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Willie had no comments on the fine at all. He has clear-cut opinions on a player-manager relationship. "A manager should tell a player what he wants him to do. If the player don't do it, then the manager should take some of his money away from him. I think that's the quickest way to get a player to do what he should." Willie looks blank when someone comments on how hard he hustles. "I never can understand how some players are always talking about baseball being hard work. To me, it's always been a pleasure, even when I feel sort of draggy after a double-header."
In Willie's life there isn't a time he can remember that wasn't dominated by baseball. He was born on May 6, 1931, in Westfield, Alabama, a grimy little steel-mill town near the outskirts of Birmingham. Willie's father, Willie Sr., worked in the tool room of the mill and played in the outfield on the mill's baseball team. Nicknamed "Kitty Cat" because of his fast hands, the elder Mays was also a former outfielder and lead-off hitter for the Birmingham Black Barons of the Negro National League. "Willie," his father has related, "was almost born on a ball diamond. There was a ball field right across the street from where we lived. When Willie was 14 months old I gave him a rubber ball. I used to come home from the steel mill, and every afternoon I'd roll that rubber ball across the floor to Willie—oh, 30 or 40 times—until I'd get tired. Willie never got tired. As soon as I stopped rolling the ball, he'd cry."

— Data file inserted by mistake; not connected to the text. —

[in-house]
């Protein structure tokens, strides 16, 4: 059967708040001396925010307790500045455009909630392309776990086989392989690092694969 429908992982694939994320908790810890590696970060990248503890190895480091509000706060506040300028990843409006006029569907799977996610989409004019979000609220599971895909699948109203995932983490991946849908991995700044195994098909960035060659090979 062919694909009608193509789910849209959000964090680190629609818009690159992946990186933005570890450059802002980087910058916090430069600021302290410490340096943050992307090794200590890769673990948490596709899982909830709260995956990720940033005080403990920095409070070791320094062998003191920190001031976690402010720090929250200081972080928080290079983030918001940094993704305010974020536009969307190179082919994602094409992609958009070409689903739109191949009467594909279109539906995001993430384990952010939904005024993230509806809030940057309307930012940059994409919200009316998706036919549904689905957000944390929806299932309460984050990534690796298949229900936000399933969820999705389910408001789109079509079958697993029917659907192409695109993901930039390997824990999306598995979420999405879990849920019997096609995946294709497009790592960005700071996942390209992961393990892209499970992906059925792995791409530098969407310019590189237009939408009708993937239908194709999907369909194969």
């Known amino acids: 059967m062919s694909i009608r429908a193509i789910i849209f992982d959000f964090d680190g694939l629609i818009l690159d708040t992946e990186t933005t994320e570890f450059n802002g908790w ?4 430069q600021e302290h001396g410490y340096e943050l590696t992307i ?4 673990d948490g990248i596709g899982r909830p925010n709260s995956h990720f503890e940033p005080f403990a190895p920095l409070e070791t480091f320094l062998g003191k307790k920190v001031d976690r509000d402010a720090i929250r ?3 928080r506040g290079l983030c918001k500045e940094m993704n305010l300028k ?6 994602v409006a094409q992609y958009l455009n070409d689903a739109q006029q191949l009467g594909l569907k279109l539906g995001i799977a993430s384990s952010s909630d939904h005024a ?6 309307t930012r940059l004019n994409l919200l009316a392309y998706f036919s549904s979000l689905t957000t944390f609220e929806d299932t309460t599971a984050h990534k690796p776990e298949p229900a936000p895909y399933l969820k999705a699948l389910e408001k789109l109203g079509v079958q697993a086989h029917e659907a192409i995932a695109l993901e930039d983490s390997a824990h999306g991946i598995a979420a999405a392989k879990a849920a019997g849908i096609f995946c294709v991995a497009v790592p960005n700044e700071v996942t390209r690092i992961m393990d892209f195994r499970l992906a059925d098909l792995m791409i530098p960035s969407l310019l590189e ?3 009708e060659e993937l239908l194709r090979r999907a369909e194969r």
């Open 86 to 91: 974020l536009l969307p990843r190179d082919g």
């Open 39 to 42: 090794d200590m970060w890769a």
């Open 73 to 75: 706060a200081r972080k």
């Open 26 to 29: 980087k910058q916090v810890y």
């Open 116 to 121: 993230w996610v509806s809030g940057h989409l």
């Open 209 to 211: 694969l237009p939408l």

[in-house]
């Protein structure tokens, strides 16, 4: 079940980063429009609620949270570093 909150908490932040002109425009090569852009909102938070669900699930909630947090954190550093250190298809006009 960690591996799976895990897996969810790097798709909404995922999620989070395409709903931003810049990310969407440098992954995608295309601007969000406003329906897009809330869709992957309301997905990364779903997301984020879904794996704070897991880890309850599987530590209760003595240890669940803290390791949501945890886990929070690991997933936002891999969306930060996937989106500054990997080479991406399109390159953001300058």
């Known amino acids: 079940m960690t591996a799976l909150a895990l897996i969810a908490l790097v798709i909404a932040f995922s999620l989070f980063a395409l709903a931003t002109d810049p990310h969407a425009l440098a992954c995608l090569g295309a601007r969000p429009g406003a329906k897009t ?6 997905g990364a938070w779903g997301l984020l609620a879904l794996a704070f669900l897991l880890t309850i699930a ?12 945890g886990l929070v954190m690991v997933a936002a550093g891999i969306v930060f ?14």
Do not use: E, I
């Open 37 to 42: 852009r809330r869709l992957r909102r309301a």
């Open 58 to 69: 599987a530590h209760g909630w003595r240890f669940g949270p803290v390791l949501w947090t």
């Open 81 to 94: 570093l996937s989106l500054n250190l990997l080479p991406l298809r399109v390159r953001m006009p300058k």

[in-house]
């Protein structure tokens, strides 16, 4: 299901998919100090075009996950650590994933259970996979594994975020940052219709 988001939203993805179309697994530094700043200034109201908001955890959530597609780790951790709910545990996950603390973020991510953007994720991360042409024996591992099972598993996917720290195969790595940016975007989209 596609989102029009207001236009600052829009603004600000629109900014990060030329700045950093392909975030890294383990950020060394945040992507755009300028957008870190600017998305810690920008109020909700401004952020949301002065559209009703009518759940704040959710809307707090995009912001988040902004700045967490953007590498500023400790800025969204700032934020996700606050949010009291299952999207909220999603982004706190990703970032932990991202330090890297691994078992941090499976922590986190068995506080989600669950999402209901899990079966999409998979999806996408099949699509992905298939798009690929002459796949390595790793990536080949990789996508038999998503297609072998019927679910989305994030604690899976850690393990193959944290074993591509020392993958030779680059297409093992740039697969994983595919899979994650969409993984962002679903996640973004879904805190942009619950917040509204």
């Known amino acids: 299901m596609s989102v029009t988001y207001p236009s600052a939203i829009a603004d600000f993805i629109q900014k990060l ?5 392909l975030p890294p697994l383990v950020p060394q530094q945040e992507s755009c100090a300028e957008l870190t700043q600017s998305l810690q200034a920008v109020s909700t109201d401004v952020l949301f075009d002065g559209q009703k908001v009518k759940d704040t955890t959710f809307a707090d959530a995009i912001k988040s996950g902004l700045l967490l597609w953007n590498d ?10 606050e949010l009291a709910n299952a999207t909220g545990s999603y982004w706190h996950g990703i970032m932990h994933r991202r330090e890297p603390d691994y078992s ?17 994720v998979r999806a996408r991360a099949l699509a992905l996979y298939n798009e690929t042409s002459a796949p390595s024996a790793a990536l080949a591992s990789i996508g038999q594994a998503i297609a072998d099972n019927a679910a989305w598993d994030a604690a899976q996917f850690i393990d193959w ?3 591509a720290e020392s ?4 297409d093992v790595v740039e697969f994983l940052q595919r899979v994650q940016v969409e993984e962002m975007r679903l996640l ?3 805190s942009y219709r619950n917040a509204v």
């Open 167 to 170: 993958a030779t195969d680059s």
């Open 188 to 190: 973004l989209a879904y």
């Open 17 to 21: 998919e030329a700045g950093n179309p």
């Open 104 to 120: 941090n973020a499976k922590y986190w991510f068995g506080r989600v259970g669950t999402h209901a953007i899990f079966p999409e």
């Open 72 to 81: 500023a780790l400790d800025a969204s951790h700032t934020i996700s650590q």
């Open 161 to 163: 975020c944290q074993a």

When Willie was 3, he and his father would go over to the ball diamond and play catch in the afternoons. "But by the time Willie was 6," his father said, "I'd come home from work and catch him across the street on the diamond all alone, playing by himself. He'd throw the ball up and hit it with the bat and then run and tag all the bases—first, second and third—and then when he got home, he'd slide. He learned that from watching me. I showed him how to slide."
Before Willie reached school age, his mother and father separated, and Willie went to live with an aunt, Mrs. Sarah Mays. Willie still thinks of Sarah Mays as his mother, and her death in 1954 dealt him a crushing blow. His real mother died in 1953 while giving birth to her 10th child by her second marriage.
Some of the nonsense written about Willie concerns his childhood. "It makes me laugh to read some stories about how I picked cotton as a boy or worked in one of the mills around home," he says. "All I ever did since I was 6 was play ball, except for when I was in the Army and one other time. That was when I was 15, and got a job in a cafe in Birmingham washing dishes. Folks there treated me grade-A, but I quit after one week."